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Jenkins, Armstead decry court removal efforts

September 15, 2018

CHARLESTON — After a second legal challenge to his candidacy for the West Virginia Supreme Court, U.S. Rep. Evan Jenkins on Thursday called the legal action “desperate, partisan effort” to keep him off the court.

Former state House of Delegates Speaker Tim Armstead, who like Jenkins was appointed to the court last month by Gov. Jim Justice, said the challenge from Charleston lawyer William Schwartz was “legally unfounded.” Schwartz, who is also running for the Supreme Court, filed a petition with the court Thursday seeking to remove Jenkins from the ballot and prohibit him and Armstead from temporarily serving on the court.

Schwartz also said Justice violated West Virginia law by appointing Armstead and Jenkins, both Republicans, to fill the seats vacated by former justices Menis Ketchumand Robin Davis, both elected as Democrats before state judicial races became nonpartisan in 2016.

Ketchum and Davis resigned from the court about a month apart amid impeachment proceedings in the state Legislature.

Schwartz also asserts that Armstead’s appointment violates the emoluments clause because Armstead, as a sitting delegate, voted to investigate and impeach the entire court, which gave him a hand in “creating” the vacancies.

Schwartz’s petition was the second one filed this week that sought to have Jenkins removed from the general election ballot based on the status of his law license during the past 10 years.

Jenkins described Schwartz’s petition and the earlier one, filed by Clay County and former Supreme Court candidate Wayne King, as a “desperate, partisan effort” to keep him from “restoring honesty, integrity and accountability to our state’s highest court.”

“These bogus lawsuits are simply an effort to cover up for the outrageous spending and misuse of taxpayer money we’re all mad as heck about and to score political points for another candidate’s own campaign simply trying to get his name in the news,” Jenkins said Thursday.

Armstead said he and his attorney were confident in his ability to fulfill his temporary appointment to the court.

“Even prior to the change in the law making judicial races nonpartisan, I believe there was no legal requirement, and there is currently no legal requirement, that a vacancy on the court be filled by a member of

the same party as the person vacating the office,” Armstead said.

The former speaker recused himself from presiding over impeachment proceedings in the House because of his stated interest in running for a Supreme Court seat. House Speaker Pro Tempore John Overington, R-Berkeley, ruled that Armstead had to vote on impeachment matters after Armstead requested to be excused from voting on the matters.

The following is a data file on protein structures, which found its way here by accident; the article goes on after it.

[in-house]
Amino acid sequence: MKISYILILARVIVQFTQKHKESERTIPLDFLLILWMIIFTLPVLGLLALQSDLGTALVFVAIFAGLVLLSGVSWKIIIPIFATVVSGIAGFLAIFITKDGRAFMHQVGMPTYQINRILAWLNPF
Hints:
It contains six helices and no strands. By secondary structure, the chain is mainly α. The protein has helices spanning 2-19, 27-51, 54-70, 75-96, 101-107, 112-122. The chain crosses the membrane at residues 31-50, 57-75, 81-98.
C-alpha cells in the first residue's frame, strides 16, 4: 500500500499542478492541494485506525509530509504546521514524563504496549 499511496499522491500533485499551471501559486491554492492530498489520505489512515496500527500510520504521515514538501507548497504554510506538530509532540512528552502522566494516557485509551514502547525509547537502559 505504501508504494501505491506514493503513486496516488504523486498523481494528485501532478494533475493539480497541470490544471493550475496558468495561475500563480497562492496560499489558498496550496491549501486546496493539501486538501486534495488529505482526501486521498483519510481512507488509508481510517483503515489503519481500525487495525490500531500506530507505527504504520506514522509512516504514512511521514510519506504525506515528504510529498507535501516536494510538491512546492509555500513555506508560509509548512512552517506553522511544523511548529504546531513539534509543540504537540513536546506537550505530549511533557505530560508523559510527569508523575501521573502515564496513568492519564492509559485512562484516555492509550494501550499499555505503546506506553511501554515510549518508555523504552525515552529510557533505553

“I took important steps to ensure that proceedings in the House of Delegates were handled ethically and properly, including stepping aside from presiding in the House over the impeachment proceedings,” Armstead said.

Armstead noted that Ketchum resigned prior to the start of the House Judiciary Committee’s investigation into whether to impeach the court, meaning Ketchum wouldn’t be impeached under the rules of procedure adopted by the committee.

House Minority Whip Mike Caputo, D-Marion, sent a letter to Justice on Thursday urging him to call a special session for Ketchum’s impeachment after the Senate refused to halt impeachment proceedings against Davis, who like Ketchum has resigned.

Schwartz initially planned to file his petition in Kanawha Circuit Court, but he said he and his attorneys determined the Supreme Court was the proper venue for the case.

Ketchum, elected in 2008, announced his resignation from the court on July 11, the day before impeachment hearings began in the state House. His retirement was effective July 27.

Davis, who first was elected to the court in 1996, announced her departure Aug. 14, one day after the House voted to impeach her, Chief Justice Margaret Workman, Justice Beth Walker and suspended Justice Allen Loughry. Her retirement was effective Aug. 13.

In their petitions, Schwartz and King argued Jenkins wasn’t qualified for the court because his law license wasn’t active for the 10 years immediately prior to the 2018 election.

Jenkins was admitted to the West Virginia State Bar to practice law in 1988. He voluntarily made his law license inactive with the state bar in 2014, when he was elected to the U.S. House of Representatives. He changed his status with the bar back to “active” on Aug. 9.

He remained an inactive member of the state bar during that time, which, according to the bar’s bylaws, means a person remains a member of the bar and admitted to practice law, but they don’t take on clients or provide other legal services in the state. They also continue to pay dues to the bar.

Jenkins’ attorney, Ancil Ramey, defended his client’s legal experience earlier this week.

“The state Constitution only requires that a candidate for our Supreme Court have been admitted to the practice of law for 10 years, and Evan Jenkins has been admitted for more than 30,” Ramey said. He said the Judicial Vacancy Advisory Commission had determined Jenkins to be one of the best-qualified people to fill one of the vacancies on the court.

Jenkins has not yet resigned from his U.S. House seat. His office put out a statement saying he would resign once a date was set to swear him in to office on the Supreme Court.

Once that happens, West Virginia’s 3rd Congressional District will be without a representative until the winner of the November election between Democrat Richard Ojeda and Republican Carol Miller takes office in January 2019.

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